Government crisis in Poland—prime minister to resign

By Marius Heuser
30 March 2005

Ten months after taking power, the Polish government, led by Prime Minister Marek Belka (Democratic Left Alliance—SLD), threatens to collapse. Belka announced that he will resign on May 5 and has spoken out in favour of new elections on June 19. From this point onwards, he wants to engage himself actively in the election campaign on behalf of the newly created Democratic Party (DP).

This latest development was preceded by the withdrawal of Economics Minister Jerzy Hausner from the governing Democratic Left Alliance and increasingly hostile criticism by the parliamentary president and SLD member Vodzimierz Cimoszevicz of the governing party. Belka explained that he no longer considers it possible to support a stable government based on the SLD.

Even if it appears strange for the head of government to quit the governing party and attack it in sharp tones, such manoeuvres in fact have long been an integral element in everyday political life in Poland. The dominant elite of Poland is extremely unstable. Since 1989, when the first non-Stalinist head of government, Tadeusz Mazoviecki, took power, no Polish government has survived an entire legislative period.

From 1989 to 1993 Poland was governed by no less than five different governing constellations drawn from the Solidarity movement and Catholic political parties. These right-wing forces rapidly lost any support in the population as their “shock therapy” began to bite—measures aimed at the rapid introduction of the free-market economy, the privatisation of national enterprises and the dismantling of social rights. The Democratic Left Alliance first emerged as a real force out of the elections in 1993, as an electoral alliance in which the successor organisation to the former Stalinist state party played the leading role. Together with the former coalition bloc/PSL, it won nearly two thirds of the mandates during an election with a turnout of approximately 52 percent.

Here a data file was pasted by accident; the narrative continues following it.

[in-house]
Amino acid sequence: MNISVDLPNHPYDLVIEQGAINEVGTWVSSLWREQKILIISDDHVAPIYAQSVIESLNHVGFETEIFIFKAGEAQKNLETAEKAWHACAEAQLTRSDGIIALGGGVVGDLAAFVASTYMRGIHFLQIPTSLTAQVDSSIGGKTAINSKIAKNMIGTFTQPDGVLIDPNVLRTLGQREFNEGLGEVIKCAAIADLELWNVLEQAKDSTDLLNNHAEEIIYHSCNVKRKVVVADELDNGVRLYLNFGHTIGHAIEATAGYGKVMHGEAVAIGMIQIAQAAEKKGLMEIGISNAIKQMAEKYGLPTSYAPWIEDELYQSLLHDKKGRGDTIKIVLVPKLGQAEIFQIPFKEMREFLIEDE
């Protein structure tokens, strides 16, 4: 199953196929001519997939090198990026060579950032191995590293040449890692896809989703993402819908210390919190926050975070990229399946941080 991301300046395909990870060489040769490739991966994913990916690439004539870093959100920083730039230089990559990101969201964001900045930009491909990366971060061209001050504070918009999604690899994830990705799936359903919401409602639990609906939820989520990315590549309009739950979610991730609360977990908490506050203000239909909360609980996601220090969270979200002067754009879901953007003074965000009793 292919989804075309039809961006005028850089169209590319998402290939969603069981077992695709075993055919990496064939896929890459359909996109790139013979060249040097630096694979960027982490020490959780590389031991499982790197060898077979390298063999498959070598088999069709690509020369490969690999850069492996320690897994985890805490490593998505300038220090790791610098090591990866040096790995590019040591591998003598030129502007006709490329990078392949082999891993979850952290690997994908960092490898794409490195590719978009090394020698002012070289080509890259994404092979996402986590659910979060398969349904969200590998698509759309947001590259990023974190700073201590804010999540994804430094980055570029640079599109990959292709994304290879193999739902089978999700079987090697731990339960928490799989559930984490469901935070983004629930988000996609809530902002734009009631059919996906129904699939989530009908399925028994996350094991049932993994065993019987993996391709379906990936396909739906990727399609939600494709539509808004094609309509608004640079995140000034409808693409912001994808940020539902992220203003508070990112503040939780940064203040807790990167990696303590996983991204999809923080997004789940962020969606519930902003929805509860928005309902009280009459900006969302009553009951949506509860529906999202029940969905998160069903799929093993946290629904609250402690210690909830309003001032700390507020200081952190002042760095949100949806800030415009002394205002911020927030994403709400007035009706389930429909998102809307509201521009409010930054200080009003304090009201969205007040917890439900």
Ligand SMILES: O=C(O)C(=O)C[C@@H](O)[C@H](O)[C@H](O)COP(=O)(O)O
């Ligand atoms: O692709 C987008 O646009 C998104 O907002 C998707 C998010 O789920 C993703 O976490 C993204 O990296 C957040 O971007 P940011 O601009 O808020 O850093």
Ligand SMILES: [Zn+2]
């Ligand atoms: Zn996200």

After a short period of hesitation, the new government continued the course of privatisation. The former Stalinists began an orientation aimed at the country’s membership in the European Union. To this end, agriculture and industry had to be restructured, with accompanying wage cuts and mass redundancies. To implement this policy in the face of popular resistance, the SLD majority in the Polish parliament (Sejm) exhausted no less than three heads of the government—Valdemar Pavlak, Józef Olexy and Cimoszevicz.

At the same time, the right wing reformed and established the Election-Action Solidarity (AWS) as well as the Freedom Union (UW). In light of the unpopular social policy of the former Stalinists, these two parties were able to secure the majority of seats in the elections of 1997. In the meantime, however, election turnout had sunk to 48 percent.